His Excellency Professor George Maxwell Richard’s keynote address at the Opening Ceremony of the IPI
Address by His Excellency Professor George Maxwell Richards TC, CMT, Ph.D, President of the Republic of Trinidad and Tobago at the Opening of the 61st IPI World Congress held on Sunday 24 th June, 2012, at 10.30 a.m. at the Hyatt Regency, Port of Spain.
Thank you, Master of Ceremonies, Mr. Carl Eugene Eberle, Chairman of the International Press Institute
The Honourable Carolyn Seepersad-Bachan, Minister of Public Administration and other Members of Cabinet
His Excellency Philip Charles Kentwell, High Commissioner for Australia and Dean of the Diplomatic Corps
Mrs. Allison Bethel-McKenzie, Executive Director of the International Press Institute
Ms. Kiran Maharaj, President of the Trinidad and Tobago Publishers and Broadcasters Association
Mr. Wesley Gibbings, President of the Association of Caribbean Media Workers
Representatives of the Media
Other Distinguished Ladies and Gentlemen:
I am very happy to welcome all our visitors from different parts of the world to Trinidad and Tobago. For some of you, this may be your first visit to our country, or perhaps the region and I extend a special welcome to you, with a warning and it is this: We are irresistible. So I have no doubt that you will be coming back, again and again. I hope that, on this occasion, your schedule permits you to experience, even in a small way, our culinary delights and other cultural manifestations, apart from the physical beauty of our country.
I note that the IPI Congress has returned to the Americas, after twelve years, the last being held in Boston. I note, also, that it is the first time that the Caribbean is host to this important gathering and I think it is a good time for you to be here, that is to say, in the Caribbean, in particular.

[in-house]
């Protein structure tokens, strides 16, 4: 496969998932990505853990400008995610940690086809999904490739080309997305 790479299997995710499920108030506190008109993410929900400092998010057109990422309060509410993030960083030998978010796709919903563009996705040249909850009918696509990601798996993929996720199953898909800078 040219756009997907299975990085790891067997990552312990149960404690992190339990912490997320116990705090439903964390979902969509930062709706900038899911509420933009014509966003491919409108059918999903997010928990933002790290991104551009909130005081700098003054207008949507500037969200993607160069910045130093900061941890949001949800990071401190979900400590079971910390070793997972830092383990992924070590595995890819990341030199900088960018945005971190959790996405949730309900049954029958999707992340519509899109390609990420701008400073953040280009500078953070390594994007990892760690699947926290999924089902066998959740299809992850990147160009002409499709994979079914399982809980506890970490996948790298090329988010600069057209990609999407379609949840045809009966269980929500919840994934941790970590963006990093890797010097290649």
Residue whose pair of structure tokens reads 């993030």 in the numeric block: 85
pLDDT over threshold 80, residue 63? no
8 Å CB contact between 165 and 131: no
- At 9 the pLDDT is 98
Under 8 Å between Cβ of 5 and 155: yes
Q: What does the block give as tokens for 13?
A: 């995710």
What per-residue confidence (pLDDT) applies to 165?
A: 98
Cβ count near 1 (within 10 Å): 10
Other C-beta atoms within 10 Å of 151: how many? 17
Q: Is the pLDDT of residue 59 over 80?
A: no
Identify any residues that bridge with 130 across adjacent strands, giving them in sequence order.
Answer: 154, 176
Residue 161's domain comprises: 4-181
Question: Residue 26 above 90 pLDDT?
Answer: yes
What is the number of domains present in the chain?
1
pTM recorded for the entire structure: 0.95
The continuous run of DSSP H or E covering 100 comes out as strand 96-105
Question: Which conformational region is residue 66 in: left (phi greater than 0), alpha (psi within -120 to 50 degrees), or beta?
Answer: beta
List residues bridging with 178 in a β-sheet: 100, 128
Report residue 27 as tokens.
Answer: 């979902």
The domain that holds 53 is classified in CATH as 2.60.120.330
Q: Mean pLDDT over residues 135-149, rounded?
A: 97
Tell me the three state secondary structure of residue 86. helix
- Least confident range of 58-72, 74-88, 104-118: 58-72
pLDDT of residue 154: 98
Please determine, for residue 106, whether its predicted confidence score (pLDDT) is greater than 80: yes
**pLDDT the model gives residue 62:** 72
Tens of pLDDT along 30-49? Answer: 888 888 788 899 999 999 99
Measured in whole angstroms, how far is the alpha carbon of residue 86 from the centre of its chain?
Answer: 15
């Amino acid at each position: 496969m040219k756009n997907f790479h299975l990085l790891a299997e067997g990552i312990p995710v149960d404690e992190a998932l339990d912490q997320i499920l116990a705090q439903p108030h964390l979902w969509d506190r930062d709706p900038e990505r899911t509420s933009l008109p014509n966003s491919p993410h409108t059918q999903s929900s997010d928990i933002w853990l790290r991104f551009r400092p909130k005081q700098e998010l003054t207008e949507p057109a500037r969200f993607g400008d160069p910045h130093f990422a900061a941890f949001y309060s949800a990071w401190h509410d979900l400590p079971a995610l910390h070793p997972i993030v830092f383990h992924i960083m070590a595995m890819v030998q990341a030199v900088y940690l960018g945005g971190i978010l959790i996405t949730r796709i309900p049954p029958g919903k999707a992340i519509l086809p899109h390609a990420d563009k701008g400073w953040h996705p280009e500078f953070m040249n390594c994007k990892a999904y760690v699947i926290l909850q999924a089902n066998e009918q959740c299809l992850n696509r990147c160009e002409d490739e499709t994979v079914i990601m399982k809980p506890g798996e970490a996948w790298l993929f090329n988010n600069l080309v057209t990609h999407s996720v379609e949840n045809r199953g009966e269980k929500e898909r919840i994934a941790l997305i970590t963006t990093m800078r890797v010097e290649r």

in the Caribbean, in particular. I say this because, while we, in the Caribbean are well informed of what is happening in other parts of the world, through the media and what I see is being described as the fifth estate, I am not sure that, outside of the Caribbean, the Caribbean is as well reported, as it might be. Perhaps, after this Congress, we may be better known and our news may be more widely sought and disseminated, globally. There is much about the Caribbean that is unique and which is worthy of wider international exposure. You have opportunity also, even though your stay is short, to get a better understanding of the cultures of the Caribbean, the West Indian as distinct from the Hispanic, which informs our behaviour.
I note that the IPI is ‘a global network of editors, media executives and leading journalists which has maintained the goals set by its founders, sixty years ago, which are as follows:
Furtherance and safeguarding of press freedom ;
Protection of freedom of opinion and expression;
Promotion of the free flow of news and information and Improvement of the practices of journalism.
Further, I am told that the World Congresses which have been held from 1952, in a different country, each year, focus attention on developments in the country or the region in which the Congress is held, as well as important or ‘burning’ international issues of the day.
My understanding is that today’s membership of the IPI comes from more than 120 countries. That is a far cry from its foundation, in October 1950, by 34 leading editors from 15 countries, who came together, at Columbia University, New York. That group of pioneers were convinced that a free press would contribute to the creation of a better world. Lester Markel, former Sunday editor of the New York Times, one of the founders, is reported to have said: “There is a requirement on each of us to advance the course of journalism wherever it is practised. We should strive to correct the distortions and to dispel the fogs that cloud the relations among countries. We should do our utmost toward that end – for our own sakes, for the sakes of our nations, for the sake of the world. This is what IPI means to every editor.” The founders left Morningside with a clear vision which went beyond a free press, which is seminal and the media industry generally.